4. The short question for decision is whether the account books and documents seized as per annexure A was on a search of the petitioner's premises or was it merely after inspection of the said premises. If the said account books had been seized merely after inspection of the premises as contended on behalf of the respondent, there is no illegality attached to the seizure; but if the seizure was made on search of the petitioner's premises, as admittedly, the provisions of section 103(2) and 165(5) of the Code of Criminal Procedure was not complied with, the seizure would be illegal and the petitioner is entitled to the relief prayed for.
5. The question for decision, therefore, turns on our decision as to whether the petitioner's premises were searched or the respondent merely inserted the premises. The meaning of the word 'search', according to Webster's New International Dictionary (Vol. I - Second Edition), is to subject to a thorough inspection for an articles or articles presumably concealed. The Corpus Juris Secundum (79 C.J.S. 775) gives a neat definition of the word 'search' and it is useful to set out the same :
'The term 'search' as applied to searches and seizures, is an examination of a man's house or other buildings or premises, or of his person, with a view to the discovery of contraband or illicit or stolen property, or some evidence of guilt to be used in the prosecution of a criminal action for some crime or offence with which he is charged. As used in this connection, the term implies some exploratory investigation, or an invasion and quest, a looking for or seeking out. The quest may be secret, intrusive, or accomplished by force, and it has been held that a search implies some sort of force, either actual or constructive, much or little. A search implies a prying into hidden places for that which is concealed and that the object searched for has been hidden or intentionally put out of the way. While it has been said that ordinarily searching is a function of sight, it is generally held that the mere looking at that which is open to view is not a 'search'.'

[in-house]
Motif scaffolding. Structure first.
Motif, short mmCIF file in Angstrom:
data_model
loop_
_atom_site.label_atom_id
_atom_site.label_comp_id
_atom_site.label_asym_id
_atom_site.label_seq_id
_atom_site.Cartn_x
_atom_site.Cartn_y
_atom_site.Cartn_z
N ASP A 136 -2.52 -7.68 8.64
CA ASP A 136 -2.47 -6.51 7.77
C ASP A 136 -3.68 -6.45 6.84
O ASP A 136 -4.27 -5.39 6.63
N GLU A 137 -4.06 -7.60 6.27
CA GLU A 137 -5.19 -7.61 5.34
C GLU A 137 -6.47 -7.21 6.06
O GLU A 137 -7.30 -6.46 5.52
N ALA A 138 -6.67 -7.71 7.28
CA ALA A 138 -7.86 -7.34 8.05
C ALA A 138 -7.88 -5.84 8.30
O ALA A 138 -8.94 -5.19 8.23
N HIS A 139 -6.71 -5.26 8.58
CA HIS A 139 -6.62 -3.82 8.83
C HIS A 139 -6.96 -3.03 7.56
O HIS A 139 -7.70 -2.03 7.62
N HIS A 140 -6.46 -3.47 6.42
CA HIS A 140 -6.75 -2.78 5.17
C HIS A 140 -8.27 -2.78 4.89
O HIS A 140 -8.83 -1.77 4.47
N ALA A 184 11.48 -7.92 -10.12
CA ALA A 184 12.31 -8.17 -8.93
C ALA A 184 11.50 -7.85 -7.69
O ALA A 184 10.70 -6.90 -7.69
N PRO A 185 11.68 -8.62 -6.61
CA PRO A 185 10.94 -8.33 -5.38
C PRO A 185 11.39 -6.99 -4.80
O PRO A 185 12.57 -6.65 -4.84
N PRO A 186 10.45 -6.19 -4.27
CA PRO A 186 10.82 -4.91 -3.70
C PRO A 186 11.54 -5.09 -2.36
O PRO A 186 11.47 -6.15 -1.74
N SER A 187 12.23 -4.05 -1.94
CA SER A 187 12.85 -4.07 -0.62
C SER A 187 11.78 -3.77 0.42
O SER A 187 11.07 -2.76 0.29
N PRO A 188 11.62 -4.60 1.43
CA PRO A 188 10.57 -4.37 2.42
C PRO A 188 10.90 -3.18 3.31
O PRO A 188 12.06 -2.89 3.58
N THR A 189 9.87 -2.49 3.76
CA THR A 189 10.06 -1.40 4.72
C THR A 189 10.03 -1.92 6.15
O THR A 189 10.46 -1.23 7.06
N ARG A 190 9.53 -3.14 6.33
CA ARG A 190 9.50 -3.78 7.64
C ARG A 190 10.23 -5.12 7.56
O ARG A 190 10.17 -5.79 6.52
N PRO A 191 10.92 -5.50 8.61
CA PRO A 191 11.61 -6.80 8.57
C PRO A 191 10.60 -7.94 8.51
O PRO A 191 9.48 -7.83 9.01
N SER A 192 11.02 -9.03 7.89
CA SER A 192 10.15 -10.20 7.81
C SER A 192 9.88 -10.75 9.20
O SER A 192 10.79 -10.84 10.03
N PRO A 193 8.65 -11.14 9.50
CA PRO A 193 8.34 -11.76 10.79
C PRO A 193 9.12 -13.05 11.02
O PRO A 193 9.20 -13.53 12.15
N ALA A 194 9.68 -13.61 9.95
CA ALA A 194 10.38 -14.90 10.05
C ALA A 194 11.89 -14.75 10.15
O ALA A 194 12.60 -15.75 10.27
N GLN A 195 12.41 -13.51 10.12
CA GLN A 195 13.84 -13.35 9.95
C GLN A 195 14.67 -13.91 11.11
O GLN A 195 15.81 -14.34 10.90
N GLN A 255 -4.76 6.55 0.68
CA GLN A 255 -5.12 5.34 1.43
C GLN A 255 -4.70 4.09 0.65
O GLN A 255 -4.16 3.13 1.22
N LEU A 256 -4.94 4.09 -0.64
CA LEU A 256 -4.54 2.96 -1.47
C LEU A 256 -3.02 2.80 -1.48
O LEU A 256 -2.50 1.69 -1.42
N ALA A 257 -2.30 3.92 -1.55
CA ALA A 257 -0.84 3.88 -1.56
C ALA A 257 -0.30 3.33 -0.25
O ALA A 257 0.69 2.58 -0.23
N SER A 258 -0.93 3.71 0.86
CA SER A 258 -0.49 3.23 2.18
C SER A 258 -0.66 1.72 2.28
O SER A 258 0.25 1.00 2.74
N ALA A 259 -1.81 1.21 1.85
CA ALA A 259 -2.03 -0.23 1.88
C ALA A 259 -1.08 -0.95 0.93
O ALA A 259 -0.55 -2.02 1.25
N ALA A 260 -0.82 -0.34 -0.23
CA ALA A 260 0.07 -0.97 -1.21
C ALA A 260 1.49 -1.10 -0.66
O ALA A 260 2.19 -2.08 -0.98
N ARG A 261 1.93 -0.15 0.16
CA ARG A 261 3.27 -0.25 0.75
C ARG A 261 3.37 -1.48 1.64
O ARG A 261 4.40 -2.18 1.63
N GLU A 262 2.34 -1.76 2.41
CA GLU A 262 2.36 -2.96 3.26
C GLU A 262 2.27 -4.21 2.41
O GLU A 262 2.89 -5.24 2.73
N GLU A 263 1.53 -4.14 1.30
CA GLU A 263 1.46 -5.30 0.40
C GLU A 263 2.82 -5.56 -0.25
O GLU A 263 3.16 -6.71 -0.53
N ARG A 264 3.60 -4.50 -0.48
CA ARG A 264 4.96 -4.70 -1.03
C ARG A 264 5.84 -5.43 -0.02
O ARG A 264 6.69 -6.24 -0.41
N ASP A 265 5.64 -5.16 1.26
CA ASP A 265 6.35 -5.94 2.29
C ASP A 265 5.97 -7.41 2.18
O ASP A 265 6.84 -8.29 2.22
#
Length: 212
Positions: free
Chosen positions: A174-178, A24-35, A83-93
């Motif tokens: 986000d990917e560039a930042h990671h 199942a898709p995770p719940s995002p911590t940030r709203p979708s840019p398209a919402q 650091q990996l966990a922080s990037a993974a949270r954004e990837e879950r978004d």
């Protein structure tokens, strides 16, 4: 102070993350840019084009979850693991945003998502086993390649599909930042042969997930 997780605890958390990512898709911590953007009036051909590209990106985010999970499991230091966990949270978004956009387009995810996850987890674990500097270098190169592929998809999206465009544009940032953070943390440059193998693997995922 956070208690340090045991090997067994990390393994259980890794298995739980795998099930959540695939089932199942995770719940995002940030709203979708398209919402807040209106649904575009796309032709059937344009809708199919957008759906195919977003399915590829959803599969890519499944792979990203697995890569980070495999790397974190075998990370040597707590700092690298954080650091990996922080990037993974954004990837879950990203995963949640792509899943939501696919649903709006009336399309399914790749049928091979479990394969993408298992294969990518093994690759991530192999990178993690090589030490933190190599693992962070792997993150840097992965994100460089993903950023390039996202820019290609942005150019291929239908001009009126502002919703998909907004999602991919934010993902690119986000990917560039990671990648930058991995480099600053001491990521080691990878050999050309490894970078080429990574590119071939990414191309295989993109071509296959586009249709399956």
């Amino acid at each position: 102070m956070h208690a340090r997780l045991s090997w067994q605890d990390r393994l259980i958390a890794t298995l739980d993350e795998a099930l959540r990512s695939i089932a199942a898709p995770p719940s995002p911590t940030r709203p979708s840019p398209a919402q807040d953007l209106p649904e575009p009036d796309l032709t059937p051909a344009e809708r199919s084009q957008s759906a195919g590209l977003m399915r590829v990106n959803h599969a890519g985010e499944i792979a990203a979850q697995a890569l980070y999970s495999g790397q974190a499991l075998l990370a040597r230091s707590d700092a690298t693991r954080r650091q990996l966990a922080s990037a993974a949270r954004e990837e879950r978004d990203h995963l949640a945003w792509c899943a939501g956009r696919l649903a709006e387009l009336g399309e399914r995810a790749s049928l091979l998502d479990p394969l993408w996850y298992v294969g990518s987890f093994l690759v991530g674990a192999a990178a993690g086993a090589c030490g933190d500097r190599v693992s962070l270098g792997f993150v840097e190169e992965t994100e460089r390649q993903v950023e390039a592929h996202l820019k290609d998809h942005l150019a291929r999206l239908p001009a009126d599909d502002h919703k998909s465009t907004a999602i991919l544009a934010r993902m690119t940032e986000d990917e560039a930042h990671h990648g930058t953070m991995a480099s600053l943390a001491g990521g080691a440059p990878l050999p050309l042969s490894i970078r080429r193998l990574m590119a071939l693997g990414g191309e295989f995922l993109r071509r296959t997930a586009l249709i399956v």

6. It was contended by Sri Chandrakantharaj Urs, learned Senior High Court Government Advocate, that there was no search when the object viz., the private books of account, were in plain sight. He relied on the observations of Justice Burton in McDonald v. United States (93 Law. Ed. 153 at 161).